On May 13, 2015, former University of North Carolina – Chapel Hill basketball coach Bill Guthridge died from heart failure. However, it was Coach Guthridge’s incurable heart condition that led to his development of vascular dementia, and with its progression, his placement for the last several years in a Chapel Hill assisted living facility.
If Bill Guthridge doesn’t look familiar to you as a UNC-Chapel Hill head basketball coach, there’s a very good reason for that. He was and has been overshadowed and a bit lost in the shuffle of UNC basketball coaches by his lifelong friend, former UNC head coach Dean Smith (1961 to 1997), and current UNC head coach Roy Williams, who was an assistant coach along with Guthridge at UNC from 1978 to 1988.
However, Coach Guthridge served as the perfect replacement as head basketball coach when Coach Smith unexpectantly announced his retirement from the University of North Carolina at Chapel Hill in 1997.
Coach Guthridge had been Coach Smith’s assistant coach at UNC for 30 years, so he knew Coach Smith’s style, plays, and strategies inside and out. Coach Guthridge was the right choice to lead the transition to another, younger leader of the famed basketball program at the University of North Carolina.
Unfortunately, it took UNC two tries to find that leader.
The university made a huge misstep when it hired former UNC player, Matt Doherty, a young, untested coach in the league of the Atlantic Coast Conference (ACC) and a 180-degree change from the coaching styles of Coach Smith and Coach Guthridge, as its head basketball coach in 2000, when Coach Guthridge retired.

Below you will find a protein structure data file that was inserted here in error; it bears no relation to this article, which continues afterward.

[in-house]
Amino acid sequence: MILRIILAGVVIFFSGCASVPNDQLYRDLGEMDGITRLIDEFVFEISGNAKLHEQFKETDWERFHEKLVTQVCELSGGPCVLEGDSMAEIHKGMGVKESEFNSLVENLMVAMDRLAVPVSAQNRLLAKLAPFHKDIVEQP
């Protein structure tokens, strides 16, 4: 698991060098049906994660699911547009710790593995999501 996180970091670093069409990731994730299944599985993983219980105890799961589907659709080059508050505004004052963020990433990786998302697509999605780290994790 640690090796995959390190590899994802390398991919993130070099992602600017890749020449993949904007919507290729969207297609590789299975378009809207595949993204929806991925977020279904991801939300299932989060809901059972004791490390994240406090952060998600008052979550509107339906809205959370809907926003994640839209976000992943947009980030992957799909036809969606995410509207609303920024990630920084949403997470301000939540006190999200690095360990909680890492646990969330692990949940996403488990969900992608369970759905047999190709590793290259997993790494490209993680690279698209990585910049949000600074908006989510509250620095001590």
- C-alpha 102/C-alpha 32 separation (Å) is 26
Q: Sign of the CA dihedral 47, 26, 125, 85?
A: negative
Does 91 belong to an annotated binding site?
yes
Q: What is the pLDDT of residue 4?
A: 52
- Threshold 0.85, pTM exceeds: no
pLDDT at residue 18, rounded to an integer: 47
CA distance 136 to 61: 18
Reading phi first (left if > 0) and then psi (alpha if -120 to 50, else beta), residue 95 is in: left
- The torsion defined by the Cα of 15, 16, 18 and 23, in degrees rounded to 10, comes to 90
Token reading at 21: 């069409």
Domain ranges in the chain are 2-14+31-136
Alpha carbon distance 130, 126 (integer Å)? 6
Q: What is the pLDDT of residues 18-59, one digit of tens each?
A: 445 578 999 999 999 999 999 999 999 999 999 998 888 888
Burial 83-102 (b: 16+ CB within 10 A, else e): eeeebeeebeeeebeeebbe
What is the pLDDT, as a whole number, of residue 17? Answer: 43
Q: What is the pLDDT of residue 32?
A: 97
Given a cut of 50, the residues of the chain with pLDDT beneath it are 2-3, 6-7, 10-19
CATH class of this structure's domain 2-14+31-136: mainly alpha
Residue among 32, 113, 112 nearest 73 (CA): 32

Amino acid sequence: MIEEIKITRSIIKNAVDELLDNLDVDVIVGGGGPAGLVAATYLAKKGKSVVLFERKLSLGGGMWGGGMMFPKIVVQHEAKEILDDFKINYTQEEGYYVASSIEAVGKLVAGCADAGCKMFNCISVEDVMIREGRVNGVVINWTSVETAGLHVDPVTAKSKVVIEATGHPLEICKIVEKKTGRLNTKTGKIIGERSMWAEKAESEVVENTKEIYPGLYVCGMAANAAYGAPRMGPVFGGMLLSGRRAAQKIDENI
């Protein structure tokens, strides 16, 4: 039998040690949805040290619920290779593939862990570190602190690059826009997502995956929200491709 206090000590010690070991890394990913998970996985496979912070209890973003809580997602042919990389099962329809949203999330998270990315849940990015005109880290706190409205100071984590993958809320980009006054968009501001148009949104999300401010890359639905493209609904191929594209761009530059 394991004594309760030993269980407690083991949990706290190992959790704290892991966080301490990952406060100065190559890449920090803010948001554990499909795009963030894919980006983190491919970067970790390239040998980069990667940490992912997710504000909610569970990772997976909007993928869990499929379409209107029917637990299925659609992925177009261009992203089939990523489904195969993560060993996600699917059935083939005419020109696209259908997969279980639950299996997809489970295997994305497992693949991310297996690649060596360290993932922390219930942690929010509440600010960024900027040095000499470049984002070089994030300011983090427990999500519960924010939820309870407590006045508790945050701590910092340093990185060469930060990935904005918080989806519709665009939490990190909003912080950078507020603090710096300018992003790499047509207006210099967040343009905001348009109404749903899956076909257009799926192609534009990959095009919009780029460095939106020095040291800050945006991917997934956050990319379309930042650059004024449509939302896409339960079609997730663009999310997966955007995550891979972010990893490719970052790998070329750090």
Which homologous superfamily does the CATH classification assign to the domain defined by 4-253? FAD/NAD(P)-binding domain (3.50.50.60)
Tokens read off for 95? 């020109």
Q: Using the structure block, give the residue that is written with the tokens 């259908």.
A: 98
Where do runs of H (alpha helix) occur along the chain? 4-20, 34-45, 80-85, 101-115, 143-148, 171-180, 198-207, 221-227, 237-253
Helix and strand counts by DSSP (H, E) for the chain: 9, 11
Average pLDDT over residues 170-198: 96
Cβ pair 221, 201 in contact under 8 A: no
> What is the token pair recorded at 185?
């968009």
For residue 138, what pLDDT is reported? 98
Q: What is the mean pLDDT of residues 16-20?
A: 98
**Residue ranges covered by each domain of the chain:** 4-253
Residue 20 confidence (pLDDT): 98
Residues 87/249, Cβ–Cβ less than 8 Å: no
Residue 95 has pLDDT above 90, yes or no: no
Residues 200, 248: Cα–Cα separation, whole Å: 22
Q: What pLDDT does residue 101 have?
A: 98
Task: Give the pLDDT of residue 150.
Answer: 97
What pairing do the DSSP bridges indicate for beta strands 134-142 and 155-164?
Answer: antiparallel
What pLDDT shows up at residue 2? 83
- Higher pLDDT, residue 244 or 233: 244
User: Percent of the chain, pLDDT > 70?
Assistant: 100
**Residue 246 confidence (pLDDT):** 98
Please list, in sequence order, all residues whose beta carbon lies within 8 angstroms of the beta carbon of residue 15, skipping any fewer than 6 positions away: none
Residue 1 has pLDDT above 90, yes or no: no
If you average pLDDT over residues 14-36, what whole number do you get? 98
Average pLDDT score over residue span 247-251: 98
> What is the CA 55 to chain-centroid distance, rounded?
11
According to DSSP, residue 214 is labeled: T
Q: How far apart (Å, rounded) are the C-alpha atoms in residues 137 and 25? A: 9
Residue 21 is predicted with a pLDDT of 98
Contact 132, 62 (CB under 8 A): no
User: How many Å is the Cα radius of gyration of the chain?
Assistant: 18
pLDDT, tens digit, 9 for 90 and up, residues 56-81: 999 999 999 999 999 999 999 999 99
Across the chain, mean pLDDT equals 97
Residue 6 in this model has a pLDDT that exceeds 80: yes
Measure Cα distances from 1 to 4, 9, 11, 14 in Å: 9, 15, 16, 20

After a three-year disastrous tenure under Doherty, the University of North Carolina hired Roy Williams from Kansas and got the leadership and gravitas that had characterized the UNC basketball program under Coach Smith and Coach Guthridge.
After Coach Guthridge’s retirement in 2003, he and Coach Smith stayed in close contact, visiting each other frequently. Ironically, both coaches developed dementia along the way (Coach Smith died in January 2015 of complications from dementia).
Coach Smith began showing signs of cognitive impairment before Coach Guthridge did. It was profoundly hard for Coach Guthridge to watch his lifetime friend become forgetful and lose the memories they shared together, not just as the architects of a fantastic and highly-ethical college basketball program, but as friends who regarded each other and their respective families as their own.
When Coach Smith died, Coach Guthridge knew that his friend was gone, but he quickly moved back to their time together when they were younger and dementia had not knocked on their doors yet.
My guess is that Coach Guthridge probably never came back from that place after Coach Smith’s death and I would speculate that Coach Smith’s death may have been the final straw of an increasingly-unfamiliar and disconnected life for Coach Guthridge. Perhaps, at last, somewhere in his mind, Coach Guthridge finally made the decision to retire from this physical life.
Perhaps, at last, somewhere in his mind, Coach Guthridge finally made the decision it was time for him to retire from this physical life.
Coach Guthridge made his retirement official on May 13, 2015.